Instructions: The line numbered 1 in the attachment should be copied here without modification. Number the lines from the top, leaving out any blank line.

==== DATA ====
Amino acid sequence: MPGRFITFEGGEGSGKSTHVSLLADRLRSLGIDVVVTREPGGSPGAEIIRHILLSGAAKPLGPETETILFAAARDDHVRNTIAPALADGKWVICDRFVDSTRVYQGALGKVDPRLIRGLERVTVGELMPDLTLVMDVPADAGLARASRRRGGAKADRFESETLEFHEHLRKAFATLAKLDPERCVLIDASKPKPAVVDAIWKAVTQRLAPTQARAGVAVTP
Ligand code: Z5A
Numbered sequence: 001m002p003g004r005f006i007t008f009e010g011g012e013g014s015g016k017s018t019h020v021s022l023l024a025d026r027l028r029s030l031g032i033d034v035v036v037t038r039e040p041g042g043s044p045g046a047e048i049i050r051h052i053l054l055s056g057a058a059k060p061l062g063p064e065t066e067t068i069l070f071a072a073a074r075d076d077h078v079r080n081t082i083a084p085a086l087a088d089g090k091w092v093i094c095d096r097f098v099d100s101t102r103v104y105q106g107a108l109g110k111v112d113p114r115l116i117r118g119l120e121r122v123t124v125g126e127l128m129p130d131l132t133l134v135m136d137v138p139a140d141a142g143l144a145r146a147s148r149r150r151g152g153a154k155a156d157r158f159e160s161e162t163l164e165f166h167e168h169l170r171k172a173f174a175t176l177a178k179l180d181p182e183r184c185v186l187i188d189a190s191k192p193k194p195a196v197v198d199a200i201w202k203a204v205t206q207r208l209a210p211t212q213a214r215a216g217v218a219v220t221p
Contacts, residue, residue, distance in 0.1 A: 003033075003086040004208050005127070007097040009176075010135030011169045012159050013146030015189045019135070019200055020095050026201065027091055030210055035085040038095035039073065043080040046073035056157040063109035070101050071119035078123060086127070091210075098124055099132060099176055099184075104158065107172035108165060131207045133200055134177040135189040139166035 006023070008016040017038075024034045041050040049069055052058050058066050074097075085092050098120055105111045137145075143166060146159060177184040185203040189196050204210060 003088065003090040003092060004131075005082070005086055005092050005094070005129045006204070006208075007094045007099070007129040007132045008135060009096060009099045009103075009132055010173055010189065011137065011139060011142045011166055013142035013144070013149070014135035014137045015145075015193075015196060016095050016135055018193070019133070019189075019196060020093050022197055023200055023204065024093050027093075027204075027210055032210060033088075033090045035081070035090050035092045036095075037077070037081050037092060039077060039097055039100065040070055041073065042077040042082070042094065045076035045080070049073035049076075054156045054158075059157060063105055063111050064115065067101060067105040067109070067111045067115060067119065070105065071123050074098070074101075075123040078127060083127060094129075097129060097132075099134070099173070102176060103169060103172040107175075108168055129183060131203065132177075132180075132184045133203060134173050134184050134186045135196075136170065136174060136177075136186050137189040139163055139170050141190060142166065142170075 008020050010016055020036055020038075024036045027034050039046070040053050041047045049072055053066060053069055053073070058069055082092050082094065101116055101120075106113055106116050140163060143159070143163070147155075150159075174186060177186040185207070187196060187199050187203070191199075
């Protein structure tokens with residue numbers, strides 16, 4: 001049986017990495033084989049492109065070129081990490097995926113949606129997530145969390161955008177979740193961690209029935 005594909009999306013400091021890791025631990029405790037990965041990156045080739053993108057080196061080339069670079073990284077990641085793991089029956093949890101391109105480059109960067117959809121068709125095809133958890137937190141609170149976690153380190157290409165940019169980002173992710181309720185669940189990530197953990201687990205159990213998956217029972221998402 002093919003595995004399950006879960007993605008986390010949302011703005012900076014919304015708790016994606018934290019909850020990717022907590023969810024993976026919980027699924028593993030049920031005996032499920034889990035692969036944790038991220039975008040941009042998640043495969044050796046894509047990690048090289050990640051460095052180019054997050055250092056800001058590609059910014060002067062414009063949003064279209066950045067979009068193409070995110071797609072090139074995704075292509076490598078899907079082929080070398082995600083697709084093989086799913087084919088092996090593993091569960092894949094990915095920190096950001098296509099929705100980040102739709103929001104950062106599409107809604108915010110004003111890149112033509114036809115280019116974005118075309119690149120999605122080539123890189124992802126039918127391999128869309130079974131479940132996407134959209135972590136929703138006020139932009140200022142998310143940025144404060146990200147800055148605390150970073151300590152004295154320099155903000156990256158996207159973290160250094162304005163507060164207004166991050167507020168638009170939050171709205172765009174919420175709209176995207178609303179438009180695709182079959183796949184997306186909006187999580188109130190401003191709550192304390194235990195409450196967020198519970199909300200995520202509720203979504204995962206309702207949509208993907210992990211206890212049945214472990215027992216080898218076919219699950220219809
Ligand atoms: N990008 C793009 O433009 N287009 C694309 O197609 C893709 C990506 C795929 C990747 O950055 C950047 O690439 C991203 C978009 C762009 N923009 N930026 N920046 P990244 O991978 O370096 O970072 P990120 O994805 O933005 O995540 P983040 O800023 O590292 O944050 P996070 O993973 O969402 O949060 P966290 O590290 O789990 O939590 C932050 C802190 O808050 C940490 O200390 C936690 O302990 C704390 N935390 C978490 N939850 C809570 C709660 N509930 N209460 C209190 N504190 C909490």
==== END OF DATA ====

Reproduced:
Amino acid sequence: MPGRFITFEGGEGSGKSTHVSLLADRLRSLGIDVVVTREPGGSPGAEIIRHILLSGAAKPLGPETETILFAAARDDHVRNTIAPALADGKWVICDRFVDSTRVYQGALGKVDPRLIRGLERVTVGELMPDLTLVMDVPADAGLARASRRRGGAKADRFESETLEFHEHLRKAFATLAKLDPERCVLIDASKPKPAVVDAIWKAVTQRLAPTQARAGVAVTP